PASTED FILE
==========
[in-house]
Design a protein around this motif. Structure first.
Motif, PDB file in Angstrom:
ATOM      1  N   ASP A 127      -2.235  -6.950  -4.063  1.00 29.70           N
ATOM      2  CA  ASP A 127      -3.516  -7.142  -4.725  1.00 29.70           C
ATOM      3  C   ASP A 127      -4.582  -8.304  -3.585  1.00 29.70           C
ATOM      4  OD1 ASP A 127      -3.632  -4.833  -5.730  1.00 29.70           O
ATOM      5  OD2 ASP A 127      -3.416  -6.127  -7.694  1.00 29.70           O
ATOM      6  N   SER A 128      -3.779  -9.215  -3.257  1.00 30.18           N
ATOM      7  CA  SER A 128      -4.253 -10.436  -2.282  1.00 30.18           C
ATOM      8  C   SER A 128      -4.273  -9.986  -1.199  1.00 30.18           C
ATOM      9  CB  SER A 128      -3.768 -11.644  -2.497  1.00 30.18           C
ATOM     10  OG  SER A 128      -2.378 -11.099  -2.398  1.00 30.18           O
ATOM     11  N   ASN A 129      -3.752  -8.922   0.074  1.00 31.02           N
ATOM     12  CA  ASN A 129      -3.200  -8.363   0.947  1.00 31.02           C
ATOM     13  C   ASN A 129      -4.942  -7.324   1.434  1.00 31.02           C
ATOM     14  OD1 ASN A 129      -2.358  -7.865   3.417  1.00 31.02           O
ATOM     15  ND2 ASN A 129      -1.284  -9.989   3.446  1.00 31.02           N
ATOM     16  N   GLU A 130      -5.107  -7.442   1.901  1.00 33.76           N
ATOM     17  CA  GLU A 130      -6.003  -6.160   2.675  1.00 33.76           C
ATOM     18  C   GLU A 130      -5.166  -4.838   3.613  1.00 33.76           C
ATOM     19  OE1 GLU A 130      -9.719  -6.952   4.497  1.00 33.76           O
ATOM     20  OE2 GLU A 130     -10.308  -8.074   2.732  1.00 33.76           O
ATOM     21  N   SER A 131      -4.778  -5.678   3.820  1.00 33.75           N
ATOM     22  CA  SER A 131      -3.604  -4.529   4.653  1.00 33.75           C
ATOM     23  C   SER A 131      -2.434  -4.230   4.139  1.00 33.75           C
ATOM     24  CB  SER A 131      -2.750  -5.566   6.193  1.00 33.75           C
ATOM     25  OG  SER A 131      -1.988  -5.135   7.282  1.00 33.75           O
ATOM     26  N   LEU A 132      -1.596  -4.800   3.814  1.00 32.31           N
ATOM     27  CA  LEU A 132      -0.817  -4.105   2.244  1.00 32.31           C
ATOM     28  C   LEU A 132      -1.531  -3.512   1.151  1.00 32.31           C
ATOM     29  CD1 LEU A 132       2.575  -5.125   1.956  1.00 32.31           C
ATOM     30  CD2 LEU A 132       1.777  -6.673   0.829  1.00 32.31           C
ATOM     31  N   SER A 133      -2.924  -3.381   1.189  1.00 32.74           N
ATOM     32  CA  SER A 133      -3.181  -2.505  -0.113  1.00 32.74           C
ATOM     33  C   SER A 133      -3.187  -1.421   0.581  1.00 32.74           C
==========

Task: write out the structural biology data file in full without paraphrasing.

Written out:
[in-house]
Design a protein around this motif. Structure first.
Motif, PDB file in Angstrom:
ATOM      1  N   ASP A 127      -2.235  -6.950  -4.063  1.00 29.70           N
ATOM      2  CA  ASP A 127      -3.516  -7.142  -4.725  1.00 29.70           C
ATOM      3  C   ASP A 127      -4.582  -8.304  -3.585  1.00 29.70           C
ATOM      4  OD1 ASP A 127      -3.632  -4.833  -5.730  1.00 29.70           O
ATOM      5  OD2 ASP A 127      -3.416  -6.127  -7.694  1.00 29.70           O
ATOM      6  N   SER A 128      -3.779  -9.215  -3.257  1.00 30.18           N
ATOM      7  CA  SER A 128      -4.253 -10.436  -2.282  1.00 30.18           C
ATOM      8  C   SER A 128      -4.273  -9.986  -1.199  1.00 30.18           C
ATOM      9  CB  SER A 128      -3.768 -11.644  -2.497  1.00 30.18           C
ATOM     10  OG  SER A 128      -2.378 -11.099  -2.398  1.00 30.18           O
ATOM     11  N   ASN A 129      -3.752  -8.922   0.074  1.00 31.02           N
ATOM     12  CA  ASN A 129      -3.200  -8.363   0.947  1.00 31.02           C
ATOM     13  C   ASN A 129      -4.942  -7.324   1.434  1.00 31.02           C
ATOM     14  OD1 ASN A 129      -2.358  -7.865   3.417  1.00 31.02           O
ATOM     15  ND2 ASN A 129      -1.284  -9.989   3.446  1.00 31.02           N
ATOM     16  N   GLU A 130      -5.107  -7.442   1.901  1.00 33.76           N
ATOM     17  CA  GLU A 130      -6.003  -6.160   2.675  1.00 33.76           C
ATOM     18  C   GLU A 130      -5.166  -4.838   3.613  1.00 33.76           C
ATOM     19  OE1 GLU A 130      -9.719  -6.952   4.497  1.00 33.76           O
ATOM     20  OE2 GLU A 130     -10.308  -8.074   2.732  1.00 33.76           O
ATOM     21  N   SER A 131      -4.778  -5.678   3.820  1.00 33.75           N
ATOM     22  CA  SER A 131      -3.604  -4.529   4.653  1.00 33.75           C
ATOM     23  C   SER A 131      -2.434  -4.230   4.139  1.00 33.75           C
ATOM     24  CB  SER A 131      -2.750  -5.566   6.193  1.00 33.75           C
ATOM     25  OG  SER A 131      -1.988  -5.135   7.282  1.00 33.75           O
ATOM     26  N   LEU A 132      -1.596  -4.800   3.814  1.00 32.31           N
ATOM     27  CA  LEU A 132      -0.817  -4.105   2.244  1.00 32.31           C
ATOM     28  C   LEU A 132      -1.531  -3.512   1.151  1.00 32.31           C
ATOM     29  CD1 LEU A 132       2.575  -5.125   1.956  1.00 32.31           C
ATOM     30  CD2 LEU A 132       1.777  -6.673   0.829  1.00 32.31           C
ATOM     31  N   SER A 133      -2.924  -3.381   1.189  1.00 32.74           N
ATOM     32  CA  SER A 133      -3.181  -2.505  -0.113  1.00 32.74           C
ATOM     33  C   SER A 133      -3.187  -1.421   0.581  1.00 32.74           C